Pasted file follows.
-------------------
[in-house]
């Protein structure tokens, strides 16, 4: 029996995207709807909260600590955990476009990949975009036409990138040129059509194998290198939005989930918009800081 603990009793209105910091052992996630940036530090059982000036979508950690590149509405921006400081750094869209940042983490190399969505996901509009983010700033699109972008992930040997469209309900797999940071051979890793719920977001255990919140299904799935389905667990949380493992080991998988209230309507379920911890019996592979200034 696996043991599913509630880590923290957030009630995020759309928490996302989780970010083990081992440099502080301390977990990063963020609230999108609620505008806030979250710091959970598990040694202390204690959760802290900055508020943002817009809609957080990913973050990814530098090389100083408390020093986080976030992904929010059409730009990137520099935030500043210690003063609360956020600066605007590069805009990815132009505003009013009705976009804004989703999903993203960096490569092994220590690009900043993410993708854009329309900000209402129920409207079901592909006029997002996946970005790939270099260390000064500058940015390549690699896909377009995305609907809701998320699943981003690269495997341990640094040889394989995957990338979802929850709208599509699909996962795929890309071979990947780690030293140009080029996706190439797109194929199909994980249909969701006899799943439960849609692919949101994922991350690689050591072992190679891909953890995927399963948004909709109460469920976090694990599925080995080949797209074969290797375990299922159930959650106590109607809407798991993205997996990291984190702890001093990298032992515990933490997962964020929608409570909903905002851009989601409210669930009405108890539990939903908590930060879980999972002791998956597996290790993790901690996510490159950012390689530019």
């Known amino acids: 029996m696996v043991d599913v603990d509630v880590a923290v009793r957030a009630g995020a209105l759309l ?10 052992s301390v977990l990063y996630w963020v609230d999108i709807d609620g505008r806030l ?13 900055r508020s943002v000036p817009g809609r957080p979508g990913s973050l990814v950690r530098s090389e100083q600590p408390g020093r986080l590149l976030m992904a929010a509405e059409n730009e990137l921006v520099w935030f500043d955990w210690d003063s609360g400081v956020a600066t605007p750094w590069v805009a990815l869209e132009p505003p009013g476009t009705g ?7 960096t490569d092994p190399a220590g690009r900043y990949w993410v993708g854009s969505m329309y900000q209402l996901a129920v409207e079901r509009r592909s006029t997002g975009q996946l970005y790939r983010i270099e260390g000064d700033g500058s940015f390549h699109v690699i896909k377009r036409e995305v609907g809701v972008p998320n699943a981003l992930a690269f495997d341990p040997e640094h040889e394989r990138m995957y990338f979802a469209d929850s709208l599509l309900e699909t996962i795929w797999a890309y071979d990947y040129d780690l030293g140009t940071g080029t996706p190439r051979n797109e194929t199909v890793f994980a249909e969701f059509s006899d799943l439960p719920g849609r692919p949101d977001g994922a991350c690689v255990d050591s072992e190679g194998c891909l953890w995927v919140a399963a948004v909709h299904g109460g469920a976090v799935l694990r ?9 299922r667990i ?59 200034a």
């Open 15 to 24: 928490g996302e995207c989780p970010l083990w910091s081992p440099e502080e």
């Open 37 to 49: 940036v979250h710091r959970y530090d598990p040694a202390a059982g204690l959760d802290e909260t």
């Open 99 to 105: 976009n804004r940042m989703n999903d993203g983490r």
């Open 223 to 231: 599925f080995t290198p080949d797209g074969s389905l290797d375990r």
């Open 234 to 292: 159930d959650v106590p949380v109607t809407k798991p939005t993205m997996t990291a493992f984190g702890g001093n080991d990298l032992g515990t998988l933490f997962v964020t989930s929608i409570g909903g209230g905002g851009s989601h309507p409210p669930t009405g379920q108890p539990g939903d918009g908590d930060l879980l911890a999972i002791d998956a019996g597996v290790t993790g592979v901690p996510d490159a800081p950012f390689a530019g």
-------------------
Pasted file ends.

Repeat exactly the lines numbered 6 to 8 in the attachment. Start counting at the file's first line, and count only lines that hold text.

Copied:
């Open 99 to 105: 976009n804004r940042m989703n999903d993203g983490r």
């Open 223 to 231: 599925f080995t290198p080949d797209g074969s389905l290797d375990r």
């Open 234 to 292: 159930d959650v106590p949380v109607t809407k798991p939005t993205m997996t990291a493992f984190g702890g001093n080991d990298l032992g515990t998988l933490f997962v964020t989930s929608i409570g909903g209230g905002g851009s989601h309507p409210p669930t009405g379920q108890p539990g939903d918009g908590d930060l879980l911890a999972i002791d998956a019996g597996v290790t993790g592979v901690p996510d490159a800081p950012f390689a530019g």